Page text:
pluck [pluhk] /plʌk/ Show IPA
verb phrase 1
verb (used with object)
to pull off or out from the place of growth, as fruit, flowers, feathers, etc.:
to pluck feathers from a chicken.
to give a pull at; grasp:
to pluck someone's sleeve.
to pull with sudden force or with a jerk.
to pull or move by force (often followed by away, off, or out).
to remove the feathers, hair, etc., from by pulling:
to pluck a chicken.
Slang. to rob, plunder, or fleece.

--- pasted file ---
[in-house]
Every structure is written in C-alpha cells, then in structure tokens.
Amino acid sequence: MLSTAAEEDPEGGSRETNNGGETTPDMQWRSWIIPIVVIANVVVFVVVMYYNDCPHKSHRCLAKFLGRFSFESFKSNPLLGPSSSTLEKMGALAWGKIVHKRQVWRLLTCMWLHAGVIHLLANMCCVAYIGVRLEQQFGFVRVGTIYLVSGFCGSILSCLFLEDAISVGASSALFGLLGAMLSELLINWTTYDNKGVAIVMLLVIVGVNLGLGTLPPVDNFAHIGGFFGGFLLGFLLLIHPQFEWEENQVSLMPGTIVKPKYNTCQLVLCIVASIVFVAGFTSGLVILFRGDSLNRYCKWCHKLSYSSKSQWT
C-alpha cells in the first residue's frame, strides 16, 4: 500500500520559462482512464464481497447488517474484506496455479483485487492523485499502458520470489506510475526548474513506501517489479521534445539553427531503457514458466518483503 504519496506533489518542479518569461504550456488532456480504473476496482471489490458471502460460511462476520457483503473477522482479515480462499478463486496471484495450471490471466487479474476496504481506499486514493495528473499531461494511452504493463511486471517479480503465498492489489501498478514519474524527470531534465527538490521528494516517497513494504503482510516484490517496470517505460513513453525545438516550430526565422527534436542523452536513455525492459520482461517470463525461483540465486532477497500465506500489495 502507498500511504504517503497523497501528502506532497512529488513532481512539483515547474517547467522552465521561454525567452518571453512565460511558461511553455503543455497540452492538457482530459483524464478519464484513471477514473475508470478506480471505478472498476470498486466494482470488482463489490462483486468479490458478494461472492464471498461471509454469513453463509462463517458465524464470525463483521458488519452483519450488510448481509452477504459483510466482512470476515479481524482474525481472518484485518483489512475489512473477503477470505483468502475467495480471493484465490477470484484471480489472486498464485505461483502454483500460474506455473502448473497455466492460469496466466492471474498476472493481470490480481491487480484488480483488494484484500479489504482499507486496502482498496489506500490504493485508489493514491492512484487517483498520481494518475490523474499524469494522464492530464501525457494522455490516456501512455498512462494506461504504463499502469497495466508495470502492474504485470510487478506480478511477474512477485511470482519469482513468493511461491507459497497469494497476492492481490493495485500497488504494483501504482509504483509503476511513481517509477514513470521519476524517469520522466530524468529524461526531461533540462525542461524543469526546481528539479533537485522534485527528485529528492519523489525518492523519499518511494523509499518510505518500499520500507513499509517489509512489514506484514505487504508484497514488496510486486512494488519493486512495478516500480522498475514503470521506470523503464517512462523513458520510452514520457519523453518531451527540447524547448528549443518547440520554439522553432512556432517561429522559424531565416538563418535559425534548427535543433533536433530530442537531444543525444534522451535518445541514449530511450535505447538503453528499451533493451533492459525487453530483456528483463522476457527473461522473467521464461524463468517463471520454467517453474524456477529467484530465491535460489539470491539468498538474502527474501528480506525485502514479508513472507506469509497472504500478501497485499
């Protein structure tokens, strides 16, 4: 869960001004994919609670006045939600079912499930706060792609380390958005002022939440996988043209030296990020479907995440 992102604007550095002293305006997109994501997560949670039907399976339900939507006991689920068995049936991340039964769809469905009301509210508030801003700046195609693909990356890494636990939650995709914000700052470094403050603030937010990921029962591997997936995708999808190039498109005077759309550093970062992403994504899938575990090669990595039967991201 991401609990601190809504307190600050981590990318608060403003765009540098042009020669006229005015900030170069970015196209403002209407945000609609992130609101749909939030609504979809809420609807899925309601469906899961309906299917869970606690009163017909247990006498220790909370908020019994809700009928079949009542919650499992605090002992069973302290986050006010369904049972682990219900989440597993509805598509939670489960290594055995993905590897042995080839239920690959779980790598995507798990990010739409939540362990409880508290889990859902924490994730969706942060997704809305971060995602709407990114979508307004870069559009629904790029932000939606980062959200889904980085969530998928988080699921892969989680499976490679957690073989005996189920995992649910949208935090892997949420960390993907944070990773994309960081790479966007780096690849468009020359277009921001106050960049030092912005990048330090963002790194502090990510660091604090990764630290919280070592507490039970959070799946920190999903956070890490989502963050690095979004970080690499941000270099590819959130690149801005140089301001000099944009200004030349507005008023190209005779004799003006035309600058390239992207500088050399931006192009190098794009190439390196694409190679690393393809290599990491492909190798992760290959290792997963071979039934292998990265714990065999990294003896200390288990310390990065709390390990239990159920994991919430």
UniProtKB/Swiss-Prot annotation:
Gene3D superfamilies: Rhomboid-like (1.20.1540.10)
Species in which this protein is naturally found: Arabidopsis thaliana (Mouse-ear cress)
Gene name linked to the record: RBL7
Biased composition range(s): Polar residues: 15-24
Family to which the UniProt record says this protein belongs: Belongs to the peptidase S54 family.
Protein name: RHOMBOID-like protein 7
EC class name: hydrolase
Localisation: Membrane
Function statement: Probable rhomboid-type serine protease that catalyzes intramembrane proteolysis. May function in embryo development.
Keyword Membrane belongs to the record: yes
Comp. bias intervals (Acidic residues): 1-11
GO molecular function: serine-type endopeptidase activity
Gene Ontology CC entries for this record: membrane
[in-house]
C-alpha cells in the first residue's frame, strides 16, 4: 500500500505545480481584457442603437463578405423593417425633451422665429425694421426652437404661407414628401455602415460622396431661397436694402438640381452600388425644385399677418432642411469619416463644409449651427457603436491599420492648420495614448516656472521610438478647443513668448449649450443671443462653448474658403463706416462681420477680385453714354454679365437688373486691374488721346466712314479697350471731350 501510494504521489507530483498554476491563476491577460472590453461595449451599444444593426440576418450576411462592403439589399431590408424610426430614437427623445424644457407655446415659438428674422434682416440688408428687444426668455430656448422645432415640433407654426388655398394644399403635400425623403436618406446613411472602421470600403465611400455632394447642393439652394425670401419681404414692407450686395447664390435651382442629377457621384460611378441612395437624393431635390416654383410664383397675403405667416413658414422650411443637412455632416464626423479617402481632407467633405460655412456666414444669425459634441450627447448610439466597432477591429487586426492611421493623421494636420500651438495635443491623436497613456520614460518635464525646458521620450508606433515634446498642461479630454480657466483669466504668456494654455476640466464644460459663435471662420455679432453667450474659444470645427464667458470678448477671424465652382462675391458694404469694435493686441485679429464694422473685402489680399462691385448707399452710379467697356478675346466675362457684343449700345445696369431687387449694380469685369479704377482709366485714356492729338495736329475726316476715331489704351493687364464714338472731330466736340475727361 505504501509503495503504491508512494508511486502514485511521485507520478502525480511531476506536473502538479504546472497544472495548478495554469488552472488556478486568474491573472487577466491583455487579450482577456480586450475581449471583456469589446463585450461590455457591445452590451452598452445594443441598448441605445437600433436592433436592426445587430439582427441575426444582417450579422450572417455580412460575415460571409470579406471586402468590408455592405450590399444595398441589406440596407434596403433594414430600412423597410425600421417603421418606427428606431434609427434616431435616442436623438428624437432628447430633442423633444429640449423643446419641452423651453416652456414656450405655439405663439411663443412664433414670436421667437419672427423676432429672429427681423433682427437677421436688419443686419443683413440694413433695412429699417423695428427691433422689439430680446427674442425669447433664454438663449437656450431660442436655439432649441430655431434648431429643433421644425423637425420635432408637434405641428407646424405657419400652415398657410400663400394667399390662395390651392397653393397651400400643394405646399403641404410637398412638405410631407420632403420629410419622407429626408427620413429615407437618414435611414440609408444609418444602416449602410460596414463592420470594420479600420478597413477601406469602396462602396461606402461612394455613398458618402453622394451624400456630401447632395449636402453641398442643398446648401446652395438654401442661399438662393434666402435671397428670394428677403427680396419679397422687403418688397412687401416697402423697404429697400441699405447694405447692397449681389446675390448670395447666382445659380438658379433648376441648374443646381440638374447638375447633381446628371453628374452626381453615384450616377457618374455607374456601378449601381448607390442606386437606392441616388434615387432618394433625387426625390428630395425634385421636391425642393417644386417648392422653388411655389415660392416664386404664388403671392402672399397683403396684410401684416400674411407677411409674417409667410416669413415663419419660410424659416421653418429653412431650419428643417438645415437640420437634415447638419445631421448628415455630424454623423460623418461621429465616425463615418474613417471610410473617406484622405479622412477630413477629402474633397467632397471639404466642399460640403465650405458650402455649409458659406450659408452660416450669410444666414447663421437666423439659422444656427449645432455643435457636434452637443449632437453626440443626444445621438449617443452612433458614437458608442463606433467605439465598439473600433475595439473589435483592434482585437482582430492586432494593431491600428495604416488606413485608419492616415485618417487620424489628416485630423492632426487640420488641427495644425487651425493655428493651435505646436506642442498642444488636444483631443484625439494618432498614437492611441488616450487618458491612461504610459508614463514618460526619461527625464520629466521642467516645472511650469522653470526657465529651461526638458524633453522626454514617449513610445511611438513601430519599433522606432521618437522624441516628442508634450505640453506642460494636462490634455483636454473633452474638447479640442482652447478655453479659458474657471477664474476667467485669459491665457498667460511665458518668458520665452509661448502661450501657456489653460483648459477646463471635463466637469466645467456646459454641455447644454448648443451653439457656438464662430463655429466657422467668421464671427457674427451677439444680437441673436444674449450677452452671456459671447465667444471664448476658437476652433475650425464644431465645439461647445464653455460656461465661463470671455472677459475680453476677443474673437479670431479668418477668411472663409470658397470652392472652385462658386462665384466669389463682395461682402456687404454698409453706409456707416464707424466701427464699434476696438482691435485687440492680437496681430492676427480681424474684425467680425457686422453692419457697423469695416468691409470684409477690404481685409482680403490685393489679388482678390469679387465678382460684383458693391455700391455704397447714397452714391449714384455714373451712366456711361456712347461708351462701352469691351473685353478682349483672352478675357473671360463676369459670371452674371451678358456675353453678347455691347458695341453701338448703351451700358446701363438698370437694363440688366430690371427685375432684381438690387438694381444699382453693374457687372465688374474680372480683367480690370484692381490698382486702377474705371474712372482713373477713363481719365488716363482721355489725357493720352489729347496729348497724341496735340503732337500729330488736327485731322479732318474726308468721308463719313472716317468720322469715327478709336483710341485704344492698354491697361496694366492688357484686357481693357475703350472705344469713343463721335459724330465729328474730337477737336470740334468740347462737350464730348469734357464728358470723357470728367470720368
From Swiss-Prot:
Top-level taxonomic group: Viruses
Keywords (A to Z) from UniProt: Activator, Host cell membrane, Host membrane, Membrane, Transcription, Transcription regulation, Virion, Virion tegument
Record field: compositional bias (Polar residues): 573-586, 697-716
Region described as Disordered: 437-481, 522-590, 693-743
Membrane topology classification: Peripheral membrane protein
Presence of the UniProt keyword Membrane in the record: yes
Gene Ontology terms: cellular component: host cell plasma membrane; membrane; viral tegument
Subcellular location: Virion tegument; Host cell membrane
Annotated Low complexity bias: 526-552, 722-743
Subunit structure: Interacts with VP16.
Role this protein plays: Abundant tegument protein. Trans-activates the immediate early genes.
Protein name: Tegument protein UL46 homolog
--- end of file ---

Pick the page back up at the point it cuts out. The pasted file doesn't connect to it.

to sound (the strings of a musical instrument) by pulling at them with the fingers or a plectrum.
verb (used without object)
to pull or tug sharply (often followed by at).
to snatch (often followed by at).
act of plucking; a tug.
the heart, liver, and lungs, especially of an animal used for food.
courage or resolution in the face of difficulties.
to eradicate; uproot.
to summon up one's courage; rouse one's spirits:
He always plucked up at the approach of danger. She was a stranger in the town, but, plucking up her courage, she soon made friends.
before 1000; Middle English plukken (v.), Old English pluccian, cognate with Middle Low German plucken; akin to Dutch plukken, German pflücken
2. tug. 3. yank, tear, rip. 12. bravery, boldness, determination, mettle, nerve.